The city of Miami announced Monday that it has 2,000 test kits to test homebound residents over 65 who fear they have contracted COVID-19. City staff will first reach out to low-income senior towers.

Call 305-960-5050 to make an appointment.


What is COVID-19?

COVID-19 is the novel coronavirus behind the global respiratory illness outbreak. First reported in December 2019 in China, the disease has rapidly spread to many countries, including the United States.

Coronavirus COVID19 CDC
Photo: Alissa Eckert, MS; Dan Higgins, MAM/CDC

What are the symptoms of COVID-19?

Common symptoms

  • Fever
  • Dry Cough
  • Fatigue

Uncommon Symptoms

  • Sore throat
  • Runny Nose
  • Diarrhea

If you are experiencing symptoms, please call 305-243-4000.

Who is most at risk?

Based on preliminary findings, it appears that certain populations may be more prone to developing a severe illness and death. These include people who:

  • Are aged 60 or older.
  • Have an underlying medical condition, like cardiovascular disease, diabetes, chronic respiratory disease, hypertension, or cancer.

COVID-19 Cases in the U.S.

For daily updates on the number of novel coronavirus cases in the United States, visit the CDC website.

In addition, you can find the current statistics at the World Health Organization.

This is a rapidly evolving situation and officials believe that COVID-19 will continue to spread, so it is important to stay alert. For the latest information on cases in Florida, visit the Florida Department of Health.

How does COVID-19 spread?

The virus is spread from human to human contact most likely within 6 feet. When someone is ill, and they cough or sneeze, the virus can be passed to someone else through the saliva droplets in the air which can land on or be inhaled by people nearby.

It is not yet known how long COVID-19 can live on surfaces or if someone who is asymptomatic can also spread the disease. The incubation period, or the time between when someone is infected to when they start to show symptoms, is thought to be anywhere from 2 to 14 days.

According to the CDC, the virus is easily transmitted, and the outbreak has transitioned into “community spread.” This means that there are now cases in the U.S. that cannot be traced back to how or where the infection occurred.

How is COVID-19 diagnosed?

Call 305-243-4000 or your nearest hospital if you believe that you are experiencing symptoms related to COVID-19 and:

  • Have travelled outside of the US, particularly to China, Italy, South Korea, Japan, or Iran
  • Been exposed to someone who has tested positive for virus, or
  • Are in a community with known COVID-19 cases

Are there treatments for COVID-19?

Currently, there are no treatments or vaccines for the virus. However, there is already a clinical trial for a potential anti-viral medication and researchers are working diligently on producing a vaccine.


Prevention starts with you

Give yourself the best chance to not get sick. You’ll find that they are the same things that everyone should be doing already to protect against the flu or common cold. They are also something you can do to help your community by making it harder for COVID-19 to spread.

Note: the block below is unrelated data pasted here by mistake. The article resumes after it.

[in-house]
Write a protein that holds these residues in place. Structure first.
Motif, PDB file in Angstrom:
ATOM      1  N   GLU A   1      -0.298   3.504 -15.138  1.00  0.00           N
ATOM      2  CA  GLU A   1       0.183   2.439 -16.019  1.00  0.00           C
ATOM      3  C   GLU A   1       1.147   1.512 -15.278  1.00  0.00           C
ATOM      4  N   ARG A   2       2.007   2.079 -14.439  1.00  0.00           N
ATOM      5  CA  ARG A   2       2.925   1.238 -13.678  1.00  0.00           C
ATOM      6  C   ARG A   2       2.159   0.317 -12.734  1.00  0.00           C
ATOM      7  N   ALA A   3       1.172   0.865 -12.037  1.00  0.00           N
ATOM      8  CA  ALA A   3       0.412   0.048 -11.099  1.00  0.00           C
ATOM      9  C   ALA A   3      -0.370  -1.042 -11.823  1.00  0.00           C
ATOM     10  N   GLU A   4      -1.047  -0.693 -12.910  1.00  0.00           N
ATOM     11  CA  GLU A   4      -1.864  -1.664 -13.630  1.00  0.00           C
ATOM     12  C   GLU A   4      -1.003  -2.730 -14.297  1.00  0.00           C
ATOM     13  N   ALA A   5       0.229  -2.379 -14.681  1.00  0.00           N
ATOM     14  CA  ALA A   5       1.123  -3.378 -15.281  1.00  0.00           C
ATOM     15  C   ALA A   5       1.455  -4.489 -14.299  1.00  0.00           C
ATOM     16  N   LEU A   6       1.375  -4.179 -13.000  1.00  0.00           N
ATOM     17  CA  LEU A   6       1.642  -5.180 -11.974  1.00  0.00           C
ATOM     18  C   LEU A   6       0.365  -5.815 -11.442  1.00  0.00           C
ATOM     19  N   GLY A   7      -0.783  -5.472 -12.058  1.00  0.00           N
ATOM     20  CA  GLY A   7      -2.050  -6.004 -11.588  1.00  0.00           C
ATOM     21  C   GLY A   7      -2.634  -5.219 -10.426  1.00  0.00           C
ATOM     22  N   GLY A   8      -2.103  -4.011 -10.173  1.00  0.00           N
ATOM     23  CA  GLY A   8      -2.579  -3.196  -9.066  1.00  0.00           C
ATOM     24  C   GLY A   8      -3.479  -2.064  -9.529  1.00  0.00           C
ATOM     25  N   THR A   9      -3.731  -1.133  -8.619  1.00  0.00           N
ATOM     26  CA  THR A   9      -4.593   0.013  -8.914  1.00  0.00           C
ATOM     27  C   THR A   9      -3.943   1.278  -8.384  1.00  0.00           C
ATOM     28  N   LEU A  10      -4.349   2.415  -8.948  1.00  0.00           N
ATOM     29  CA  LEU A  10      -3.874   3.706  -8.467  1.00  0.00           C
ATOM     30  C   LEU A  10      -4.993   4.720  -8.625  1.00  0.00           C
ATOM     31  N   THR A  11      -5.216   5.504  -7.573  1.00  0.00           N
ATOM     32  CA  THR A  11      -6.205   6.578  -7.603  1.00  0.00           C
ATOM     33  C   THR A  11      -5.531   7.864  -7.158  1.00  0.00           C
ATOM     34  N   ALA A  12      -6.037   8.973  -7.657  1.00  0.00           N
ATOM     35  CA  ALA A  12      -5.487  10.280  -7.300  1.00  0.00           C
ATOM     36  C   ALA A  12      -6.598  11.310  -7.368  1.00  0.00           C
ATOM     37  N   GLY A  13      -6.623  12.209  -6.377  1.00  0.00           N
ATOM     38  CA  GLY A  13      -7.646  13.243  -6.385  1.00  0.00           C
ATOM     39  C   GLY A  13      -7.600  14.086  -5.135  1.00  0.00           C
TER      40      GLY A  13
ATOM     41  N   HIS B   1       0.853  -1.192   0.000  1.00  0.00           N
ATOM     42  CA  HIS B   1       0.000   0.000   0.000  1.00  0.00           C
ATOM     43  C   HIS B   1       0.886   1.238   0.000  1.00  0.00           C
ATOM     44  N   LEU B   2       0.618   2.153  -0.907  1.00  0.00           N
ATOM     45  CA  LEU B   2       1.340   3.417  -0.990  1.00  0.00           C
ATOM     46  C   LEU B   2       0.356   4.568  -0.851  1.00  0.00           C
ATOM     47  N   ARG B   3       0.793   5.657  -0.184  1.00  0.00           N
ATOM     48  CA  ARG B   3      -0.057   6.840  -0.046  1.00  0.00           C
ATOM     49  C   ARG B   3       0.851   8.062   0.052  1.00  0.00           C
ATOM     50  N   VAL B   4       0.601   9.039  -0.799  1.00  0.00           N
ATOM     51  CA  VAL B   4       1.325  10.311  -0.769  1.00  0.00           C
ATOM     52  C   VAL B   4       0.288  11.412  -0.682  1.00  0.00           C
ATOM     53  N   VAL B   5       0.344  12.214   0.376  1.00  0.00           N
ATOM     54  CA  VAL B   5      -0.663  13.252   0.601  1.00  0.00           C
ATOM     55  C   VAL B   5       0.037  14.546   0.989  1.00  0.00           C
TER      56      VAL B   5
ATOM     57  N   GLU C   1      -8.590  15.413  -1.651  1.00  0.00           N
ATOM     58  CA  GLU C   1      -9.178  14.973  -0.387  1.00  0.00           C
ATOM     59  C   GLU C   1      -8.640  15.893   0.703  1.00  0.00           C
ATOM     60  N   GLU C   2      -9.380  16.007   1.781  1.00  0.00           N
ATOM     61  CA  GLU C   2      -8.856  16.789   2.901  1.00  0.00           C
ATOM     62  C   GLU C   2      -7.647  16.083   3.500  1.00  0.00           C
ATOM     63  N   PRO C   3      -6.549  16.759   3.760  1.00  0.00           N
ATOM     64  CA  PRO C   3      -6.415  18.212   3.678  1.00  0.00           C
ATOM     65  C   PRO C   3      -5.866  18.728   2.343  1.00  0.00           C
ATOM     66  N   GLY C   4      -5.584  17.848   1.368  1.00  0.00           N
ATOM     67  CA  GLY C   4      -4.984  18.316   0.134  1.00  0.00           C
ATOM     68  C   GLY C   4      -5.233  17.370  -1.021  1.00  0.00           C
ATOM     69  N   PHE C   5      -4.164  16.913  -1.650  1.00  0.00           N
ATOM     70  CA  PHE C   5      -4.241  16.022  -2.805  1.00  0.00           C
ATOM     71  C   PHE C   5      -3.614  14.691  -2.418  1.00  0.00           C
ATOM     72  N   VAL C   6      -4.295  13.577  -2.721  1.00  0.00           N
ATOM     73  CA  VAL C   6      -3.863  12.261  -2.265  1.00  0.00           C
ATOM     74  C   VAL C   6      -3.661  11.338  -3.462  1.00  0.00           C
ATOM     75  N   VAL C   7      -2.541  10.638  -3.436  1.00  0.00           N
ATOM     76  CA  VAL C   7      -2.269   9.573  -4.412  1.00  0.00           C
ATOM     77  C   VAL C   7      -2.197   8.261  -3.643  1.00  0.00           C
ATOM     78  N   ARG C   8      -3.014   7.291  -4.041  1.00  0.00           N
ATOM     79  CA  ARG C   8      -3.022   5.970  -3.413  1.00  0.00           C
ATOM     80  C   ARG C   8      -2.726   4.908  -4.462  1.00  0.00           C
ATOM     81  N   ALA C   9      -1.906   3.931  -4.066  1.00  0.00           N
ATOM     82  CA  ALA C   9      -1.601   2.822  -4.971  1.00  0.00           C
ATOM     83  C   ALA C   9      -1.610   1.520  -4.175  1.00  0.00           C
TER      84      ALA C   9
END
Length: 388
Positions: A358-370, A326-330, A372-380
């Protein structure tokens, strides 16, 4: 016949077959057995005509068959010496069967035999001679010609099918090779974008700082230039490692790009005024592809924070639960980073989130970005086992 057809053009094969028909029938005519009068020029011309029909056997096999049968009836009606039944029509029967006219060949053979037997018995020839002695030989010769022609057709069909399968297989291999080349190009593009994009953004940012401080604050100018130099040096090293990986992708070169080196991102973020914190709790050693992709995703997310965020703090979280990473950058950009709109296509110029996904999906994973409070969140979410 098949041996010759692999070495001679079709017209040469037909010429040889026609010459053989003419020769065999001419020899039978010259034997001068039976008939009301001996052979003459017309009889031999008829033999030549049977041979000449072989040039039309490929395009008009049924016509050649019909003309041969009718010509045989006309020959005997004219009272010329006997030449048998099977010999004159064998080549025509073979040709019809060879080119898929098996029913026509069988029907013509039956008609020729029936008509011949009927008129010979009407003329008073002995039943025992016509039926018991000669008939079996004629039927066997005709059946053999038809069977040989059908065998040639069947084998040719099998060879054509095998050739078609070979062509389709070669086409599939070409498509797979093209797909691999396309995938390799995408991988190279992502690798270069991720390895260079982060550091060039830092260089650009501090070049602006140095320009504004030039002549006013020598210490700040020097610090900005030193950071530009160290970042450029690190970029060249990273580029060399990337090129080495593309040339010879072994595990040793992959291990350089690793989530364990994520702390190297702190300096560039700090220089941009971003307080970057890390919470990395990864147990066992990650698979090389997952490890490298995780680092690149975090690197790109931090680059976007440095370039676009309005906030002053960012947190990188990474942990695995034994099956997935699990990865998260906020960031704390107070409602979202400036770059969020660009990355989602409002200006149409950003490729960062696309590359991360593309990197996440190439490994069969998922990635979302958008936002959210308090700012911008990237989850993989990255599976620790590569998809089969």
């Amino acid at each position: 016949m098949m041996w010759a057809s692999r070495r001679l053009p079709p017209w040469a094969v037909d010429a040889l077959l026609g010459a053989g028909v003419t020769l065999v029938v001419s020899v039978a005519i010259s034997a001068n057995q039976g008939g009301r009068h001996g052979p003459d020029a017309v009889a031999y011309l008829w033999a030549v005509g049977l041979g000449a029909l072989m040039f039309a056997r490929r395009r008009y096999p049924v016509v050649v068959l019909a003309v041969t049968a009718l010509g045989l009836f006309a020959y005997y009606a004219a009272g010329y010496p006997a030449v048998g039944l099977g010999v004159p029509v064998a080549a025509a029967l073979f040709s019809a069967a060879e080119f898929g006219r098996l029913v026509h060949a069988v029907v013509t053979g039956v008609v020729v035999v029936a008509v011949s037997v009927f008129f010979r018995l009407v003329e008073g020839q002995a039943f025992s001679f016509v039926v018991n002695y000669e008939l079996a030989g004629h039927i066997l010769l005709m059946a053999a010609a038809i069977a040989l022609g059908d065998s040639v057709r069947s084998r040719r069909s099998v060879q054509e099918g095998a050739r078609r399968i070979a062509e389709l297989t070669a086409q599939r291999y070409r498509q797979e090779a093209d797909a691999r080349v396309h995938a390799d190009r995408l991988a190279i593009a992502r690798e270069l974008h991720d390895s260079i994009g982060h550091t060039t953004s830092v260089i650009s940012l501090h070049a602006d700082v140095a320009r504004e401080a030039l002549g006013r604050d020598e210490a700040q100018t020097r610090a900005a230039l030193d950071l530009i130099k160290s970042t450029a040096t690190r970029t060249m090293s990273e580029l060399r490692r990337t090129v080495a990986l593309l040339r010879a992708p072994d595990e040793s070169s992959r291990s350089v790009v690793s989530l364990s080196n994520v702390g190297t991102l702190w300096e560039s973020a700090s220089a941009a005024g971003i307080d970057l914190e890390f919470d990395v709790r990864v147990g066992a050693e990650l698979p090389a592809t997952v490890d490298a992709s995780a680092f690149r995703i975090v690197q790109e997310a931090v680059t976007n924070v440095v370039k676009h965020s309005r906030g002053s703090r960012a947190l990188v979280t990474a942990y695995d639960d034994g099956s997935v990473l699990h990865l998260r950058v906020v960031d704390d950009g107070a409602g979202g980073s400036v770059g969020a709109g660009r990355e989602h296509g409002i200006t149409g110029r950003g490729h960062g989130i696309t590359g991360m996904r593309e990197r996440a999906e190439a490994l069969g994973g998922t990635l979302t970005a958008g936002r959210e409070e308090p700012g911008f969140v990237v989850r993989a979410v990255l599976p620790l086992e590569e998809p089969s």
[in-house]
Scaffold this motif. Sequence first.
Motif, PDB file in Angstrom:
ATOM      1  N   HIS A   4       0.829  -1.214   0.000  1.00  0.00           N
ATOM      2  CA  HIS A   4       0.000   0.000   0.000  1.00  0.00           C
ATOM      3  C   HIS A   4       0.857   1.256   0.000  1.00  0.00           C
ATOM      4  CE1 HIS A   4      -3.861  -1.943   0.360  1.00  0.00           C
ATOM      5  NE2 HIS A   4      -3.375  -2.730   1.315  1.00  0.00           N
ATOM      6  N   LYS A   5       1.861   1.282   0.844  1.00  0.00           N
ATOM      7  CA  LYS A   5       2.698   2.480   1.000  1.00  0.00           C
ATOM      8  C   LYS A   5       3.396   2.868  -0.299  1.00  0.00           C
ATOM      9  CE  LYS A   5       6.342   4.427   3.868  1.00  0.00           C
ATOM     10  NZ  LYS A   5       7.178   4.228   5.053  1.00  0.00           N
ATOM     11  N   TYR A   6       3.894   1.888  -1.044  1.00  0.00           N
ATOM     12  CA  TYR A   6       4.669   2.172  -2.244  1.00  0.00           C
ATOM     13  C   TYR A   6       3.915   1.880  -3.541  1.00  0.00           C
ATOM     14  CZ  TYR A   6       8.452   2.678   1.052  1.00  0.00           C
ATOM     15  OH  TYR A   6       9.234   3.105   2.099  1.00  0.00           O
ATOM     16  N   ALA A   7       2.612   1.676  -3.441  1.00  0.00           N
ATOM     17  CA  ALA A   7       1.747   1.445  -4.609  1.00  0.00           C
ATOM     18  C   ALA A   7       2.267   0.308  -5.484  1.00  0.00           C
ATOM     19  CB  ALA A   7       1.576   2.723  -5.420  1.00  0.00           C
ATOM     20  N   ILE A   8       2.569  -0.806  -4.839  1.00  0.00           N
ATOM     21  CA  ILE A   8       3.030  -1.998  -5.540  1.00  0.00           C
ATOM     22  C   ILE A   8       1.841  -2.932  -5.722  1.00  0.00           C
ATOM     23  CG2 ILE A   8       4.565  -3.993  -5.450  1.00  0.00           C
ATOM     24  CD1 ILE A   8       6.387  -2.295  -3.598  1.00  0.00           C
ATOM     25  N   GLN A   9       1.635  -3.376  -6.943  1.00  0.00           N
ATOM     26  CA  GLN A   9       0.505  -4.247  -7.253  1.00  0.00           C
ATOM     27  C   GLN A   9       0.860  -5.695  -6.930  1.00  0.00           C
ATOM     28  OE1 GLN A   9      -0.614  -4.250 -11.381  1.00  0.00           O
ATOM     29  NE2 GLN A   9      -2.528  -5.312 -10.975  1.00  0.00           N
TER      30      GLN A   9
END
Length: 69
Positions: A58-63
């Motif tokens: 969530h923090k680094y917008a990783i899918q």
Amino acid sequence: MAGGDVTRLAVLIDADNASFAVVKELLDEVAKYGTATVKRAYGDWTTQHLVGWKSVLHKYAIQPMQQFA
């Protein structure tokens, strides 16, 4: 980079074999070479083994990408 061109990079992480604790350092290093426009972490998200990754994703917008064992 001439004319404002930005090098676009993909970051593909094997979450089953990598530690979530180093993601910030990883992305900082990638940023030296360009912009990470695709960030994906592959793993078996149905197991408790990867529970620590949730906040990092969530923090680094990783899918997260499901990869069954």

1. Wash your hands. This is one of the most important things you can do – regularly wash your hands with soap and warm water for at least 20 seconds.
  2. Clean surfaces regularly with disinfectant, particularly of heavily used items like desks, phones, doorknobs, etc.
  3. Avoid touching your face, especially your nose, mouth and eyes.
  4. Stay home if you are sick.
  5. If you have to sneeze, cough or blow your nose, use a tissue and immediately throw it away in a closed bin.

The CDC does NOT recommend wearing a surgical mask to protect you from COVID-19. Also, public health officials are requesting that people not purchase N95 facemasks. These are intended for healthcare professionals who are taking care of patients who have contracted the disease.

Community level prevention

If COVID-19 is spreading within your community, public health officials may ask you to take extra precautions. These might include:

  • Social distancing: keeping at least 6 feet between you and others.
  • Stay home if someone else in your household is sick so that you do not pass the virus to others.
  • Cancel or postpone events with large crowds.
  • Set up a separate room for sick household members.
  • Check in with family and friends who live alone — especially if they have chronic diseases.
  • Ask friends and family to check in with you if you become sick.

Additional resources

Since this situation changes regularly, it is important to keep up-to-date. However, there are many inaccurate sources of information out there. In addition to listening to your local officials, these sites have many resources on the current status of the COVID-19 epidemic and how to protect yourself and your community.

The Florida Department of Health has set up a hotline for people in Florida who have questions about COVID-19. The call center is open from 8 a.m. to 8 p.m. Monday through Friday. The number is 866-779-6121. Or, email COVID-19@flhealth.gov.

Resources for University of Miami faculty, staff, and students